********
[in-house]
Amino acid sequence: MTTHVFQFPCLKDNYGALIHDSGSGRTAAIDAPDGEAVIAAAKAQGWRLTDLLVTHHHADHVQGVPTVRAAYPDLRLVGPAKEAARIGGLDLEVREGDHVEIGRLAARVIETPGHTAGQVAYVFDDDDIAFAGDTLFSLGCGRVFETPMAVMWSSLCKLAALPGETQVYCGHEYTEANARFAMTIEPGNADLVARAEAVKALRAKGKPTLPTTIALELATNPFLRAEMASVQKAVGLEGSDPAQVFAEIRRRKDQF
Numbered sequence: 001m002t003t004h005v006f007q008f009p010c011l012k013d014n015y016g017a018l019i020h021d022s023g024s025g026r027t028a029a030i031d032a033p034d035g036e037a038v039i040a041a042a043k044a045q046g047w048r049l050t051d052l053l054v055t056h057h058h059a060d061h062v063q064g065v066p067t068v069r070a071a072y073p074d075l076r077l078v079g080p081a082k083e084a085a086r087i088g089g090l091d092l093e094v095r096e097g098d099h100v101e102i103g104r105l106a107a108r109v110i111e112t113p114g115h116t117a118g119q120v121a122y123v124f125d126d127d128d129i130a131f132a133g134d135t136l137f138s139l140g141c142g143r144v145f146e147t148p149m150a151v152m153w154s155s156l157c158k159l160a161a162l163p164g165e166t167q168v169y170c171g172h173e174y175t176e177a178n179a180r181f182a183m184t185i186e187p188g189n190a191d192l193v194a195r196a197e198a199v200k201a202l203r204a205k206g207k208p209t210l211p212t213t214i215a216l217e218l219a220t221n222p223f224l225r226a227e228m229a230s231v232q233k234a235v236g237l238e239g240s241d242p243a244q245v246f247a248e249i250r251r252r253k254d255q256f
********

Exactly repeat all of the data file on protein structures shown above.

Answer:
[in-house]
Amino acid sequence: MTTHVFQFPCLKDNYGALIHDSGSGRTAAIDAPDGEAVIAAAKAQGWRLTDLLVTHHHADHVQGVPTVRAAYPDLRLVGPAKEAARIGGLDLEVREGDHVEIGRLAARVIETPGHTAGQVAYVFDDDDIAFAGDTLFSLGCGRVFETPMAVMWSSLCKLAALPGETQVYCGHEYTEANARFAMTIEPGNADLVARAEAVKALRAKGKPTLPTTIALELATNPFLRAEMASVQKAVGLEGSDPAQVFAEIRRRKDQF
Numbered sequence: 001m002t003t004h005v006f007q008f009p010c011l012k013d014n015y016g017a018l019i020h021d022s023g024s025g026r027t028a029a030i031d032a033p034d035g036e037a038v039i040a041a042a043k044a045q046g047w048r049l050t051d052l053l054v055t056h057h058h059a060d061h062v063q064g065v066p067t068v069r070a071a072y073p074d075l076r077l078v079g080p081a082k083e084a085a086r087i088g089g090l091d092l093e094v095r096e097g098d099h100v101e102i103g104r105l106a107a108r109v110i111e112t113p114g115h116t117a118g119q120v121a122y123v124f125d126d127d128d129i130a131f132a133g134d135t136l137f138s139l140g141c142g143r144v145f146e147t148p149m150a151v152m153w154s155s156l157c158k159l160a161a162l163p164g165e166t167q168v169y170c171g172h173e174y175t176e177a178n179a180r181f182a183m184t185i186e187p188g189n190a191d192l193v194a195r196a197e198a199v200k201a202l203r204a205k206g207k208p209t210l211p212t213t214i215a216l217e218l219a220t221n222p223f224l225r226a227e228m229a230s231v232q233k234a235v236g237l238e239g240s241d242p243a244q245v246f247a248e249i250r251r252r253k254d255q256f